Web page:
User ID is one of the biggest new features of the Universal Analytics platform and analytics.js tracking code. In this post I’ll explain what it is, how it works, and how to set it up and get started.
Google Analytics identifies users using cookies. If someone deletes the cookie, switches device or switches browser, then they’re suddenly a new user. Depending on what you want to analyse, this can be a fairly major issue - for example, if you want to identify the channels that drive users to discover your site for the first time, or analyse the importance of your mobile site.
User ID overcomes this limitation of Google Analytics by collecting a unique, non-identifiable ID from logged in users. As long as the user keeps logging in with the same account, they can be identified as the same user.
Selecting a User ID
The variable you use as your User ID needs to be something unique, non-identifiable (for privacy reasons), and available to be passed to either your tracking code or Google Tag Manager.
Tracking Code Setup
If you’re using on-page Google Analytics tracking code, you need to modify it to support User ID. Firstly, make sure that you’re using analytics.js, as opposed to ga.js or doubleclick.js in your analytics code. Otherwise, you need to check out Google’s upgrade guide, as User ID is only available for analytics.js.
Tracking code modifications are easiest if you have a welcome page that’s shown to users that successfully log in. In this case, you need to make a tracking code modification on this page only.
This takes the form of an extra line between the ‘create’ and ‘send’ lines, as shown above. If you’re using a variable for the User ID, the extra line might look more like this:
Where somewhere earlier in the script, the variable “User_ID_Variable” has been populated with a user ID, for example:
Even though you’ve only made this change on your welcome page for logged in users, the User ID set will be associated with all future hits by a user with that cookie (just like a user-level custom dimension).
If you don’t have a welcome page for logged in users, you could consider setting the User ID when the user logs in, although you’d need to send an event, as the information can only be sent with an existing hit. For example:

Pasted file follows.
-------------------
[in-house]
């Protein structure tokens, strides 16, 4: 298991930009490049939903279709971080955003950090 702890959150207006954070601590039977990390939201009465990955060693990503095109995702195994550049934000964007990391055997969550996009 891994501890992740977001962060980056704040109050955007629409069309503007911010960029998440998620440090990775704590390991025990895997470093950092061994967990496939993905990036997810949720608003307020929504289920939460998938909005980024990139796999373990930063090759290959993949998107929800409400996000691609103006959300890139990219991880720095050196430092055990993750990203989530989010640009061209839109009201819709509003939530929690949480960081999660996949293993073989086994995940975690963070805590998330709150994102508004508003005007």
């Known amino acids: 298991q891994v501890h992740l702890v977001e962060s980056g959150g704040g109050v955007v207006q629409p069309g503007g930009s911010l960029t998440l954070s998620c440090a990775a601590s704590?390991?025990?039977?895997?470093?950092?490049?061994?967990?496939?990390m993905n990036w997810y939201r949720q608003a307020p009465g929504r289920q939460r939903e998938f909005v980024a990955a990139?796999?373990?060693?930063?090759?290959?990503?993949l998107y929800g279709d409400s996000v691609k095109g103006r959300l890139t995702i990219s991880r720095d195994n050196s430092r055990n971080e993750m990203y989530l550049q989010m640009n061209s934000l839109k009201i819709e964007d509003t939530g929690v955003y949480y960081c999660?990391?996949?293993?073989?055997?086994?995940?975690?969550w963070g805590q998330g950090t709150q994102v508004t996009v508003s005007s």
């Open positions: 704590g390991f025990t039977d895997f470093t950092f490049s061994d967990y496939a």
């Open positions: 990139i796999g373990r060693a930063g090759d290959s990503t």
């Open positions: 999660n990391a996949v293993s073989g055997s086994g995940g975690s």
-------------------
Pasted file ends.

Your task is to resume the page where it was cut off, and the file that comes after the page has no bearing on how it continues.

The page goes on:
Another option is to use a PHP script to include the ‘set’ line in the tracking code conditionally on the User ID variable having been set. In any case, it’s best to avoid sending blank or placeholder User IDs, as it’s not currently possible to filter these out of the data in your User ID views.
Google Tag Manager Setup
Setting the user ID using Google Tag Manager has two easy steps. Firstly, you need to create a macro that will be set to the User ID:
Alternatively, you could use on-page code to push the User ID to the data layer with the dataLayer.push function - see Google’s guide here. If you take this option, you still need to create a macro in your Google Tag Manager container, but of the type “Data Layer Variable”.
The second step is to modify your Google Analytics tag:
The field name should always be “&uid”, and the value should be set to the name of the macro you created.
Creating a User ID View
None of the insights provided by User ID are available in regular Google Analytics views. Instead, you have to create a User ID view. This option can be found under “Tracking Info” in your property settings:
The only point of note in this process is choosing whether to enable Session Unification, which assigns a set User ID to every interaction in the session during which the user logged in. For example, if I come to a site, browse through the catalogue, then decide to log in, session unification would allow the entire session to appear in User ID reports. Google’s full explanation can be found here, but in general I’d recommend leaving this enabled to get the fullest possible picture of how your users use your site.
Currently, there are three reporting areas unique to User ID enabled properties:
Cross Device (in User ID views only)
User Engagement (in User ID views only)
- User-ID Coverage (not in User ID views)
I’ve found the first of these to be the most useful source of new insights, but it doesn’t stop here - the advantages of User ID in associating sessions with users also feed through into every other user-level report. Personally, what I’m most excited about is the improved accuracy of multi-channel attribution - this area of analysis is all about discovering which channels fed through to conversion without being the source of the converting visit, and tieing in devices which are generally less likely to convert (such as phones) can only enhance this.